Mitigation work pays off for Black forest subdivision

June 21, 2013 Updated: June 21, 2013 at 5:20 pm
photo - The remains of one of the burned houses in the Black Forest burn area,Friday, June 21, 2013. Junfu Han, The Gazette
The remains of one of the burned houses in the Black Forest burn area,Friday, June 21, 2013. Junfu Han, The Gazette 

Sixty years ago, Black Forest residents lived by a "Code of the West"-they bought land and built on it as they saw fit.

But in the 21st century, parts of the secluded forest became prime areas for large upscale subdivisions, a departure from the rustic cabins nearby. It was one of these developments, Cathedral Pines, which fared best in the Black Forest fire, thanks in part to several million dollars spent on fire mitigation, as well as a little luck from Mother Nature.

The mitigation plans in Cathedral Pines pre-dated any houses, and were designed with safety, market value, and wildfires in mind, said developer Bart Atkinson.

"There is no question in my mind that it helped," Atkinson said of the development's aggressive fire mitigation plan.

Only one home in the subdivision of about 90 homes was lost in the fire, Atkinson said. Sheriff Terry Maketa has lauded the neighborhood along Milam Road as a prime example of the benefits of mitigation - the thinning of forest floor fuels and trees to keep flames from climbing into the tree-tops.

The forest floor in the Pines is partly charred; virtually no trees were destroyed.

"I don't think it was just because of mitigation to be perfectly honest," Atkinson said. "I don't think the mitigation is the whole story, but I think it is part of it."

Another key part was wind, which blew the fire mostly around the development. Mitigation efforts can fail when hit by a wall of powerful, wind-driven flame, which destroyed other neighborhoods not far away.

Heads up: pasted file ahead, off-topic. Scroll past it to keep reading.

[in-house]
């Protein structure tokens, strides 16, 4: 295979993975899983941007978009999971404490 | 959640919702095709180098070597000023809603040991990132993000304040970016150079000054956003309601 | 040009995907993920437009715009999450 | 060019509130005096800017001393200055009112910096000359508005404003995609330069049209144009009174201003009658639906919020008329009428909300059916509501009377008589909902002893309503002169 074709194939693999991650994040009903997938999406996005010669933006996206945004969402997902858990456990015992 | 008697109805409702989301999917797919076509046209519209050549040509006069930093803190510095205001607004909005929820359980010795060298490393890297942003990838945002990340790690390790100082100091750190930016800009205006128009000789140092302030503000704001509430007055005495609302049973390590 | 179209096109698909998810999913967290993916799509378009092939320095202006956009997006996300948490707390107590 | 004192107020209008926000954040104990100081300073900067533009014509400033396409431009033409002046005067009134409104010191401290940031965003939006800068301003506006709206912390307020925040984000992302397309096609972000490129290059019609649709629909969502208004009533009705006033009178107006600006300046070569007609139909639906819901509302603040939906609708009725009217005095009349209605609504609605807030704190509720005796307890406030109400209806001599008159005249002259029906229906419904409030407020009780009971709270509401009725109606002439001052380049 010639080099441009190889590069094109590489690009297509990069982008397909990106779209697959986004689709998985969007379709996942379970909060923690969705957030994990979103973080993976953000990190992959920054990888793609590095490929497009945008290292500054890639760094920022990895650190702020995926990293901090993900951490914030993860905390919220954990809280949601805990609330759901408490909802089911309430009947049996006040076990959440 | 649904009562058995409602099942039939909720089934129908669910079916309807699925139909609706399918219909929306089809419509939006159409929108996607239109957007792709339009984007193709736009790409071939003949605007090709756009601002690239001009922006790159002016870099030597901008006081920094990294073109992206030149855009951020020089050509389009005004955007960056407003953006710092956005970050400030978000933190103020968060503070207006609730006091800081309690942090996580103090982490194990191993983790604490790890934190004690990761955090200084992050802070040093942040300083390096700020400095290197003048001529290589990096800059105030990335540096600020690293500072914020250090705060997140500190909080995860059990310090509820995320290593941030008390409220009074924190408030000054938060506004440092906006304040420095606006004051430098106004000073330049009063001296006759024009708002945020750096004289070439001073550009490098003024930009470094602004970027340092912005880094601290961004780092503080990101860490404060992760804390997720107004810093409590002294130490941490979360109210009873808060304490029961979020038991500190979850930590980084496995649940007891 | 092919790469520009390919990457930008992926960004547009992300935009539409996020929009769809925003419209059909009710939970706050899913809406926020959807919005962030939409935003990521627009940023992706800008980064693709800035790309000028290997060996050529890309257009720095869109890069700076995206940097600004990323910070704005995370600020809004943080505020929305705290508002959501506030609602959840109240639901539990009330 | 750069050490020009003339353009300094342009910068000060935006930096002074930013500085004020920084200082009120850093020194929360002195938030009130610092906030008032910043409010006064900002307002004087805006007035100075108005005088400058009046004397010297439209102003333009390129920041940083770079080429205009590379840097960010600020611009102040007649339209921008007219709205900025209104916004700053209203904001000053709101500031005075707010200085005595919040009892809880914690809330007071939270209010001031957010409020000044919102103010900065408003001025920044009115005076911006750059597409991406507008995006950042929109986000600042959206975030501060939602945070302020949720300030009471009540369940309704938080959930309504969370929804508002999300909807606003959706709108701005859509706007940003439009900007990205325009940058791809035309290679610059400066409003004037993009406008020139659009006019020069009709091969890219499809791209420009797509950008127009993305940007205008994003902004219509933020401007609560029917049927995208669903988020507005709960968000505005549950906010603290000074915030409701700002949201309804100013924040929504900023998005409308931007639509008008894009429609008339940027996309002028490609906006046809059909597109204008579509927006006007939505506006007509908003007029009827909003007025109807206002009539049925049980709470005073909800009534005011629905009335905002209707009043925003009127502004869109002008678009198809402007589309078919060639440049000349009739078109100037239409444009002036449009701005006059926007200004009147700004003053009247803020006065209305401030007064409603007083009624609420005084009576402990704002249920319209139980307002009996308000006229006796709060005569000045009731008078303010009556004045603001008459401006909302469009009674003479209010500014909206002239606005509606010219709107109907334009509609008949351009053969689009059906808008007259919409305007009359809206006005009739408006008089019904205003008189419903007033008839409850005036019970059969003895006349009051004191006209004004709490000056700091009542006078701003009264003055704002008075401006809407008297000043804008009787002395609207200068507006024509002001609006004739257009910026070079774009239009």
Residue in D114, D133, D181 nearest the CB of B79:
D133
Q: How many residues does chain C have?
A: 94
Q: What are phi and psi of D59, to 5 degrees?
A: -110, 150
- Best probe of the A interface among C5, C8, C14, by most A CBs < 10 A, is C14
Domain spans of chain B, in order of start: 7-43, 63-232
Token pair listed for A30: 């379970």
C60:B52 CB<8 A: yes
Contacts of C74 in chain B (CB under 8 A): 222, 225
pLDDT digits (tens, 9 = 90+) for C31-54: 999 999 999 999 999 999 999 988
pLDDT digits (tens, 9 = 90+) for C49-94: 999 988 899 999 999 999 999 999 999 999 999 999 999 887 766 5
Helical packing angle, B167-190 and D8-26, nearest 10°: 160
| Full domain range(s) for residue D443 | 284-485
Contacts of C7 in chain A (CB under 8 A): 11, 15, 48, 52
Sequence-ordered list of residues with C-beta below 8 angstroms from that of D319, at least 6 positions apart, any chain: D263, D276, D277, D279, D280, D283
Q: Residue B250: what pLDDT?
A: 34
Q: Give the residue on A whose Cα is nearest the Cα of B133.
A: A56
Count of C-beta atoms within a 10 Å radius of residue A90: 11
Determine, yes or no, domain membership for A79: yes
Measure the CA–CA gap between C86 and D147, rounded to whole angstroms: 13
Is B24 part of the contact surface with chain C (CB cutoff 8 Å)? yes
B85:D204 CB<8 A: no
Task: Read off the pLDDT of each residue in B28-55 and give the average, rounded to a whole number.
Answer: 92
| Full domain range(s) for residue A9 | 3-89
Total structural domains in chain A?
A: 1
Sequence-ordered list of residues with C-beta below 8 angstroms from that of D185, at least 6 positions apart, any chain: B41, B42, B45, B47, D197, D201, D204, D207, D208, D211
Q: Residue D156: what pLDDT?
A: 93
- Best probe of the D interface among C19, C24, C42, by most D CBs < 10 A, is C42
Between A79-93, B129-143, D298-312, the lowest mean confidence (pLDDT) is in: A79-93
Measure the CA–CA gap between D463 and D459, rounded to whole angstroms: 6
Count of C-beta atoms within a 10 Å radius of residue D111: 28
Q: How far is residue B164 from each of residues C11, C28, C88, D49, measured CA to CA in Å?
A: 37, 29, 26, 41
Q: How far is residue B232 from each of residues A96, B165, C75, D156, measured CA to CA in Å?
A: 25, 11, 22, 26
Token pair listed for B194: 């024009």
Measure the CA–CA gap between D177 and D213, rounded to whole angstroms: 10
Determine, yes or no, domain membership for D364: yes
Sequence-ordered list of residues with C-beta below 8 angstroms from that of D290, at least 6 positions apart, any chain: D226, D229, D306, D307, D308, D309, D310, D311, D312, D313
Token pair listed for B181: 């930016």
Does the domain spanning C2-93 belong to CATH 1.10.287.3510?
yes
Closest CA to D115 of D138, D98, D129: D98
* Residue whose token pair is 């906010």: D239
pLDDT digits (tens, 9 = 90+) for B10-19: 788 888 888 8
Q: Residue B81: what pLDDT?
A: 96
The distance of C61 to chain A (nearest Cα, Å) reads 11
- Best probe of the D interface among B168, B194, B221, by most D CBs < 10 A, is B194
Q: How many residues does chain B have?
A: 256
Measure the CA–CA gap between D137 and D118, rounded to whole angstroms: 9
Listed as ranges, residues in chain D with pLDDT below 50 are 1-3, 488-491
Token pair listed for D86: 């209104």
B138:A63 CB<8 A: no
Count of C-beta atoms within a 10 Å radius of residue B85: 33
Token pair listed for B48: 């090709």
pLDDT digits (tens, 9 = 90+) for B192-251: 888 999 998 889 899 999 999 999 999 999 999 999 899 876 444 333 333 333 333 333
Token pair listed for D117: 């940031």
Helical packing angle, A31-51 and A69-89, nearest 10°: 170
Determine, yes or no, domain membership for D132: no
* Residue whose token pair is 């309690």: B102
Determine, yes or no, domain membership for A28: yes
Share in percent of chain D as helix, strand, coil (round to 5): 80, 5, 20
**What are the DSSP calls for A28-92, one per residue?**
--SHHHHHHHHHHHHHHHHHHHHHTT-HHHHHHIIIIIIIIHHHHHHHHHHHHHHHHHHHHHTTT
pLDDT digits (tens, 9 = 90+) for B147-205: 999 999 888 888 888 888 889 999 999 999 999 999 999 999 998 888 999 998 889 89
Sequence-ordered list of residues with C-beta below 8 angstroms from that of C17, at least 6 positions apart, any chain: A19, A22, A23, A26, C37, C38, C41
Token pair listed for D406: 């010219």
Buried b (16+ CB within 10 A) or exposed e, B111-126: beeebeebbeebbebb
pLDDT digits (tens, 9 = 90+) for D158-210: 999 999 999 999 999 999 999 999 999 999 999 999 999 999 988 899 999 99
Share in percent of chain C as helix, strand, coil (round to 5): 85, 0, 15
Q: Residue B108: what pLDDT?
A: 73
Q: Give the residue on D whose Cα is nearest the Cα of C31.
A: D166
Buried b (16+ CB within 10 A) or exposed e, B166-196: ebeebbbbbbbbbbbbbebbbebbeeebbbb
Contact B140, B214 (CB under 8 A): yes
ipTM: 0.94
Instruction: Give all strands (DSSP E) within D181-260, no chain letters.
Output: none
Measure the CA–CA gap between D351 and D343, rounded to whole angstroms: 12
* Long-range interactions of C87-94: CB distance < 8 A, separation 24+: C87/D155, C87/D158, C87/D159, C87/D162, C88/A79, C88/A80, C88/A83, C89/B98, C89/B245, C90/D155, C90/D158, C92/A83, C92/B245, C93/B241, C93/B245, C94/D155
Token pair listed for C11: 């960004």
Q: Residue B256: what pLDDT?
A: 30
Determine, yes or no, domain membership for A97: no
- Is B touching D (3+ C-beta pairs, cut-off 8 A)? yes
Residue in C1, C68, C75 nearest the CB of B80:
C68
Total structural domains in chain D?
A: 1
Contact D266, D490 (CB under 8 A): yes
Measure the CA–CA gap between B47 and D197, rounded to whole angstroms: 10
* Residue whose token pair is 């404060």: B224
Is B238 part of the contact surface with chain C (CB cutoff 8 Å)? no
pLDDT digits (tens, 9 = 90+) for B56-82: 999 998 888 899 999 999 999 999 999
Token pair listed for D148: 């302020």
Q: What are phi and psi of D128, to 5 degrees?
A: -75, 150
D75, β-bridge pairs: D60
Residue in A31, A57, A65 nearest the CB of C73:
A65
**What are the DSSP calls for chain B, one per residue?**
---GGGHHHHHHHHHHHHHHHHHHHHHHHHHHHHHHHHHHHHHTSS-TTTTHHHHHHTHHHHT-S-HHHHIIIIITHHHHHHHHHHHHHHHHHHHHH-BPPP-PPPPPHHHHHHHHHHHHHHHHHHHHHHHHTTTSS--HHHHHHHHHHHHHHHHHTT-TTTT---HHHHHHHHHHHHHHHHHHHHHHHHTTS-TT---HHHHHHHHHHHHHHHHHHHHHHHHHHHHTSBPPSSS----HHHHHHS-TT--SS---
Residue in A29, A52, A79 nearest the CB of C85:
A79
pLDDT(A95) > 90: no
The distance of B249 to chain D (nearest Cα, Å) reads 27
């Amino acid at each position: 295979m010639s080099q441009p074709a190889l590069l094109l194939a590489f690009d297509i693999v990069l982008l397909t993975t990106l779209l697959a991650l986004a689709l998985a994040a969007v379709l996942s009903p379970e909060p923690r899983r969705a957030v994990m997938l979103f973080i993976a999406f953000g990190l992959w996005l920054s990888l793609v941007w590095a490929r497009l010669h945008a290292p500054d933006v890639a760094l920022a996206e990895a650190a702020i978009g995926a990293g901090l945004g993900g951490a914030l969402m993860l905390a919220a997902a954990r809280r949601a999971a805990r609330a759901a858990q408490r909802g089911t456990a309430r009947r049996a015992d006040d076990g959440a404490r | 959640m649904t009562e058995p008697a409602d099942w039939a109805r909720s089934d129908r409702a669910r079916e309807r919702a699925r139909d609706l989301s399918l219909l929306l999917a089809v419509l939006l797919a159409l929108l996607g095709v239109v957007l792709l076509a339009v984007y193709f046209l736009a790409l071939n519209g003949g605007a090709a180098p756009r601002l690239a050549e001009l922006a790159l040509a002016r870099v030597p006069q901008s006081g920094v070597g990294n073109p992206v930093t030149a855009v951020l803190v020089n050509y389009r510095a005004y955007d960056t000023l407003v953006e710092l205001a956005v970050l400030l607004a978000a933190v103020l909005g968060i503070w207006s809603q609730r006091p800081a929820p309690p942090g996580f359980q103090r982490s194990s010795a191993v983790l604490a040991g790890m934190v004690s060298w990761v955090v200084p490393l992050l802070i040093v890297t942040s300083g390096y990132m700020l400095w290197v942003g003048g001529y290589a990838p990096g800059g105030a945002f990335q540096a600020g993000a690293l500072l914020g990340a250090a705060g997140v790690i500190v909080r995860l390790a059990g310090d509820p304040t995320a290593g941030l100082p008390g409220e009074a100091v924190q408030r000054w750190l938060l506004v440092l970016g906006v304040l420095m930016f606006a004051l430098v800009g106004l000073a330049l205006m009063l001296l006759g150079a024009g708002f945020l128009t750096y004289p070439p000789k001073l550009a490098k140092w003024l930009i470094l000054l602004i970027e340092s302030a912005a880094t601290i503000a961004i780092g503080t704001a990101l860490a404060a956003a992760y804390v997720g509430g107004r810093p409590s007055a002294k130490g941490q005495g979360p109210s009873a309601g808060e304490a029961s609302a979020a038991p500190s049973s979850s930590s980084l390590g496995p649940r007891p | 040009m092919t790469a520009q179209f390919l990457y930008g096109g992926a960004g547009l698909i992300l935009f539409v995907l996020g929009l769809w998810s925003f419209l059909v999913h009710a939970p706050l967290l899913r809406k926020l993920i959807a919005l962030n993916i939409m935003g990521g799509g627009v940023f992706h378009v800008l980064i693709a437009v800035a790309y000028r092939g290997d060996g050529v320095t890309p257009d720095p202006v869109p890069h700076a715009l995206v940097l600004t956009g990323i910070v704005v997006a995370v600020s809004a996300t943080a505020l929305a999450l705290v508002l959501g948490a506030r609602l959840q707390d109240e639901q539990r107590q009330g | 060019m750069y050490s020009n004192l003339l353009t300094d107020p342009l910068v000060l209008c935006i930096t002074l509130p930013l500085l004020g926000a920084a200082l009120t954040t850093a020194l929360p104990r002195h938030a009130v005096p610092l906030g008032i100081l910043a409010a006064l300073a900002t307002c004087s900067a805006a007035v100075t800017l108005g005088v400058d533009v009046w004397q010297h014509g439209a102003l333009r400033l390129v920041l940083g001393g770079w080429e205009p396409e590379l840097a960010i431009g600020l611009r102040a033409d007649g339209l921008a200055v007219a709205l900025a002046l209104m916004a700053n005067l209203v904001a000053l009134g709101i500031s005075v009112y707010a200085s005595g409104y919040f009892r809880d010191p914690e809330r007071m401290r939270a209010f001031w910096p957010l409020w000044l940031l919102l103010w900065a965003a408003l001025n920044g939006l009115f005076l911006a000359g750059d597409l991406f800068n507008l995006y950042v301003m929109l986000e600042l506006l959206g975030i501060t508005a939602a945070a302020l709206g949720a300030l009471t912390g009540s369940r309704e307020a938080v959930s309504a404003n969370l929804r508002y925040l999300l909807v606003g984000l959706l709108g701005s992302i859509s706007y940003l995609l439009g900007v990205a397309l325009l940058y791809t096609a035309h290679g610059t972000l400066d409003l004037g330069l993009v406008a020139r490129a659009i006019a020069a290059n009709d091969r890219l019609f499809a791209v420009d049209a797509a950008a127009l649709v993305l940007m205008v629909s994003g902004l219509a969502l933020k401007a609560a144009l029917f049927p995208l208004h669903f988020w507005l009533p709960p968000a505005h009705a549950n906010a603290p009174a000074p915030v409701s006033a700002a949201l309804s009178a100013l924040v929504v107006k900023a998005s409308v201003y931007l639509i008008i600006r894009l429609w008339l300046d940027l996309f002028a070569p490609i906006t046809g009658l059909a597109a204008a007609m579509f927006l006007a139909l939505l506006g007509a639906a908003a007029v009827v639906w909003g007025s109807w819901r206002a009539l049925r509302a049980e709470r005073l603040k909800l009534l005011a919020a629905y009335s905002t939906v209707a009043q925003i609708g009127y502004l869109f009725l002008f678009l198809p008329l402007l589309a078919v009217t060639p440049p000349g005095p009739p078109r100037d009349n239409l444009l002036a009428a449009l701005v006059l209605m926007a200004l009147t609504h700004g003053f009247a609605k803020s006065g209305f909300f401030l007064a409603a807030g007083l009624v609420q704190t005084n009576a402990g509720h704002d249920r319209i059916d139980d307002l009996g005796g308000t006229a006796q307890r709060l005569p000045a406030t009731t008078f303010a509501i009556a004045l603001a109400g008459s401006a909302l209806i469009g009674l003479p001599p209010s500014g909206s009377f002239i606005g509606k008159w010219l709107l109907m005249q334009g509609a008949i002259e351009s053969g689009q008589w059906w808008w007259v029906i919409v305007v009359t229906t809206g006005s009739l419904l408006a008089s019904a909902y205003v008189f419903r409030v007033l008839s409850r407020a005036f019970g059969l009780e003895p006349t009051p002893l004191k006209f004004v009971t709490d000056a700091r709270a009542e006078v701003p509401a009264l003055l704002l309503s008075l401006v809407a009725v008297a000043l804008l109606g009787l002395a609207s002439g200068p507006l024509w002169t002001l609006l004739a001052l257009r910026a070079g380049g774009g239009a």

Developers began mitigating in Cathedral Pines in 2004, and the subdivision benefited from a marked change of forestry philosophy. From the get-go, Atkinson wanted the neighborhood to be fire-savvy, something that might not have been considered when the forest was first developed in the 1930s, he said. County land-use agreements also mandated a mitigation plan, Maketa said.

A state senate bill passed in 1972 gave El Paso County power to dictate building codes and land use in areas such as Black Forest, said El Paso County spokesman Dave Rose. It effectively abolished the de facto "code of the West"- the general belief that property owners had free reign to develop their land without government control.

But like most building restrictions, the new law was not retroactive, so cabins and properties that had been developed decades before were exempt.

One of the Black Forest's oldest communities, the Brentwood Country Club near Brentwood Drive, was exempted from the law, because most of its cabins were built in the 1920s and 1930s. Area residents had done little mitigation, observers said, and it was also one of the hardest hit by the fire - El Paso County Assessor records show that all but one home was lost. It was also a locus of the fire's intensity, in its direct path as it grew on Tuesday and Wednesday.

Atkinson and Cathedral Pines took a very different tack. Developers started first by thinning the 800 acres of dense forest.

"Before we even put any homes in Cathedral Pines at all, we went in and did significant mitigation and took out virtually one in every three trees," Atkinson said. "It was so thick in there you could hardly even see."

All remaining trees were "limbed"- had their lower limbs trimmed up to 15 feet, to prevent fire from climbing up into the canopy. The subdivision also has a network of ponds, usually stocked with fish, that Atkinson said were built to be deep enough for helicopter dipping buckets.

"They made those ponds so they could be dipped into during a fire," he said.

In a neighborhood mostly reliant on well water, developers also put in cisterns for firefighting use. The mitigation methods were extensive and expensive and had more benefits besides resident safety.

"It probably added some value to our land," Atkinson said. "It didn't look like an old beat-up forest."

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